A Sacred Journey... A Forgotten Hero
PARKER, Ariz. – Phillip B. Gottfredson shares an intimate perspective of the Timpanogos peoples of Utah and the Black Hawk War of 1849 to 1873 in his debut Native American history book titled “My Journey to Understand ... Black Hawk’s Mission of Peace” (published by Archway Publishing).
Some 70,000 Timpanogos Indians — the aboriginal people of Utah — died from violence, starvation, and disease after Mormon colonists stole their land and destroyed their culture over a 21-year timeframe according to the detailed account Gottfredson learned from the Native Americans. Because few people know anything about Timpanogos Indians, who they are, or what they believed in, the author seeks to educate readers about them.
“Native American history is an integral part of this country’s history,” Gottfredson says. “After all is said and done, after the Black Hawk War and all the suffering it caused, I make this one conclusion: It isn’t about the war. It isn’t about religion. It isn’t about owning land and having material wealth. It’s not about power. In the end, it’s about the human condition. There is no such thing as race. Race is man’s invention to create divisions and separations, the building of walls and fences to segregate us from one another, to have power over each other. There is but one race, the human race. It’s about humanity, human equality, aboriginal rights and a sovereign people. It’s about there being one world, one prayer, and one heart. Having compassion toward all our relations.”
About the Author
As a historian Phillip B Gottfredson has spent the past 20 years researching and writing about the Black Hawk War in Utah while living with various Native American tribes throughout North and South America. He was invited to participate in numerous sacred ceremonies and received council from many tribal elders and leaders, which is unusual among today’s historians. Because Gottfredson is personally involved in Native American culture, his account brings an alternate perspective to a war that has historically been examined from the perspective of Mormon colonizers. For his advocacy for the First Nations people of Utah, the Utah State Division of Indian Affairs awarded him the prestigious Indigenous Day Award.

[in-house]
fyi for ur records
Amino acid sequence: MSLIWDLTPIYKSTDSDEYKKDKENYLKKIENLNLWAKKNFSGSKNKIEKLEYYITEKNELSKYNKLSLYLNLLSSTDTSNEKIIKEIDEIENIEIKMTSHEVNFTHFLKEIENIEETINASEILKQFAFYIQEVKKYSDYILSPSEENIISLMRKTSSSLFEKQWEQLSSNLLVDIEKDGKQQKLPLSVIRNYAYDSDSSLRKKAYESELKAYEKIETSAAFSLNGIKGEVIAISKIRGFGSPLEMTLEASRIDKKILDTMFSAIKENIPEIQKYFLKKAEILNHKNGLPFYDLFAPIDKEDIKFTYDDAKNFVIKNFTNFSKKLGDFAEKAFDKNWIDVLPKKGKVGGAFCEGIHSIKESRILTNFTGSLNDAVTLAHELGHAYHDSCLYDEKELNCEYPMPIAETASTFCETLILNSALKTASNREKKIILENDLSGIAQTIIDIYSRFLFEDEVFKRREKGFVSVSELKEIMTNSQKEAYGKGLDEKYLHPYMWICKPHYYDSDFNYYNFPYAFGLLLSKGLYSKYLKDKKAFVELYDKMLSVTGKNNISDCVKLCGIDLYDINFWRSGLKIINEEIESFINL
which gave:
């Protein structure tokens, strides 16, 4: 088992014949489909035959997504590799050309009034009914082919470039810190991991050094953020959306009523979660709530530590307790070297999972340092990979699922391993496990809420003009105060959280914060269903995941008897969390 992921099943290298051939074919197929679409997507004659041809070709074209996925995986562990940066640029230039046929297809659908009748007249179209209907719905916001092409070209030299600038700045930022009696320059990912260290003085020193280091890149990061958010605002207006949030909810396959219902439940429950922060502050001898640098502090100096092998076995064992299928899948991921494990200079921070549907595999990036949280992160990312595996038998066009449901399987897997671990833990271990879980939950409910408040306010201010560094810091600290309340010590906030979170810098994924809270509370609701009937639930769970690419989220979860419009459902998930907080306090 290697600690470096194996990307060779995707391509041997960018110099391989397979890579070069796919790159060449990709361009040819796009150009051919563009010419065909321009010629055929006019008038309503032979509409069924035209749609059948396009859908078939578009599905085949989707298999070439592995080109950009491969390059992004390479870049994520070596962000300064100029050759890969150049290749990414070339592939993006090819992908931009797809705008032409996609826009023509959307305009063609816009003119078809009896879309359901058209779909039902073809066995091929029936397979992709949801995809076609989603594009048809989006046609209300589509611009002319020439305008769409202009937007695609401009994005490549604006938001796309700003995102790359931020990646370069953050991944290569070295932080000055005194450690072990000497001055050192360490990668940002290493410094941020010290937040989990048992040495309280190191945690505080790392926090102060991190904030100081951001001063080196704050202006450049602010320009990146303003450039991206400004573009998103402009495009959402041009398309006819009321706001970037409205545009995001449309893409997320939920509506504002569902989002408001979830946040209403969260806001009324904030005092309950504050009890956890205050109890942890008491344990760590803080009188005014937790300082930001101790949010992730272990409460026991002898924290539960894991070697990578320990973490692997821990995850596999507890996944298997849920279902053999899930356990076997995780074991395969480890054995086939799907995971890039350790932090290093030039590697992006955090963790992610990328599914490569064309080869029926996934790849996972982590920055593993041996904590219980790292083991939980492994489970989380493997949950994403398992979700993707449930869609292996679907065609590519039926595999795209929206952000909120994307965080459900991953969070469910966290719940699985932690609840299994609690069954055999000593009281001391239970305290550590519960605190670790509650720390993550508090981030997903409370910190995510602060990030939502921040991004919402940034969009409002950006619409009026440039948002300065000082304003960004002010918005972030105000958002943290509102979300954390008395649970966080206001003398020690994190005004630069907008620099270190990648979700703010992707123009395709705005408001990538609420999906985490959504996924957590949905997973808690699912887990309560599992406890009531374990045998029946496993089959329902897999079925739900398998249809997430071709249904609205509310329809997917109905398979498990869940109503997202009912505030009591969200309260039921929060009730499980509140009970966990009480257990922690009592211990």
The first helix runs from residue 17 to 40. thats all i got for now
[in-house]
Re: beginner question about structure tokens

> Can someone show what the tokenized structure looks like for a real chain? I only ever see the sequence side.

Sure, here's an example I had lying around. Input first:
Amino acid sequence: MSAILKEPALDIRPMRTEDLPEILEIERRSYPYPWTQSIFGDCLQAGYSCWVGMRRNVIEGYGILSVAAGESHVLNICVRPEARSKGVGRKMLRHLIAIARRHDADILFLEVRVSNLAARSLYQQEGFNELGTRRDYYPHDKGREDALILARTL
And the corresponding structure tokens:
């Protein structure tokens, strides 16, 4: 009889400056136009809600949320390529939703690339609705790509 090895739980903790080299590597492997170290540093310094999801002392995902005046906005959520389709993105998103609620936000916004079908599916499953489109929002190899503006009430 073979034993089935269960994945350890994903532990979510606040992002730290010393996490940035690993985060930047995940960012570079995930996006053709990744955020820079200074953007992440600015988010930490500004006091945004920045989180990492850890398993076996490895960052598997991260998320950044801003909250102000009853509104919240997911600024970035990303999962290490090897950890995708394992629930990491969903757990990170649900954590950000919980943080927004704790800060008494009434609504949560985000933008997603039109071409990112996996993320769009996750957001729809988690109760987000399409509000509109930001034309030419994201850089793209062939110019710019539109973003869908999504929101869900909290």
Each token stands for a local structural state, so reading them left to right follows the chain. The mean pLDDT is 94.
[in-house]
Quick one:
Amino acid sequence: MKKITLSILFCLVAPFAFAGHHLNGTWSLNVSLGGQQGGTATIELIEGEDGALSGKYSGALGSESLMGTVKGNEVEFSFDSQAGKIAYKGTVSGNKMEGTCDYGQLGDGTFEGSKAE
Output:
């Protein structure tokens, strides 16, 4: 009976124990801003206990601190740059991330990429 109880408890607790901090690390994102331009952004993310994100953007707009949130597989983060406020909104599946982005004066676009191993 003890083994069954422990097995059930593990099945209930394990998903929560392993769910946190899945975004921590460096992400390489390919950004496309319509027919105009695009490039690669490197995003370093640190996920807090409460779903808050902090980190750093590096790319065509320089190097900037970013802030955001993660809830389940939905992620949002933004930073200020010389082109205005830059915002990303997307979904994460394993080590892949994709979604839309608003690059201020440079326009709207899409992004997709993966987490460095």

"When I was invited to live with a Shoshone family who followed the life-ways and traditions of their ancestors, I then traveled North, South, East and West learning from Native American Tribes from Washington and the Makah to Guatemala and the Mayan, and everywhere in between.
Many years passed before I discovered a forgotten tribe living on the Uintah Valley Reservation in the remote north-eastern section of Utah that no-one talked about. Consisting of about one thousand members, the Timpanogos are Snake-Shoshoni and the direct living descendants of Antonga Black Hawk, Wakara, Tabby, Arapeen, Sanpitch, Grospean, and Aman — the Chiefs who figured most prominently in all the histories of the Black Hawk War. Deliberately marginalized and written out of Utah’s history, the Timpanogos people welcomed me into their tribe where I spent five years living with them. Like my great-grandfather Peter, who lived among these people during the war, I felt it more than a mere coincidence that I should have the honor of learning from them as well.
My journey became a spiritual one that completely transformed any preconceived notions I had about Native American people. As all spoke to me of the seven sacred teachings Honesty, Love, Courage, Truth, Wisdom, Humility, and Respect. My Native friends said this to me: "The message of Indigenous America is connection, relationship, and unity. All people are one. One of the direct living descendants of Creator." Chief Joseph said, “We have no qualms about color. It has no meaning. It doesn't mean anything." And I believe that was Black Hawk’s message too.
There is much we can learn from Native people if only we would listen. If only we would get out of our heads, and listen with our hearts we would see truth and have compassion for the people history has forgotten.
I look at Black Hawk, and I see him as a human being who personally witnessed the worst kind of man’s inhumanity to man. Dying from a gunshot wound, he traveled a hundred and eighty miles on horseback to make peace with the white man. He apologized for the pain and suffering he caused them, and he asked them to do the same and end the bloodshed. We didn't see white people do this in the early chapters of our country. It took a great man — Antonga Black Hawk — to do such a thing. That is what has been left out of the white man’s history.
In collaboration with the Timpanogos Nation, I have made every effort to accurately portray the Timpanogos recollections of the war, their culture, and their sacred life-ways.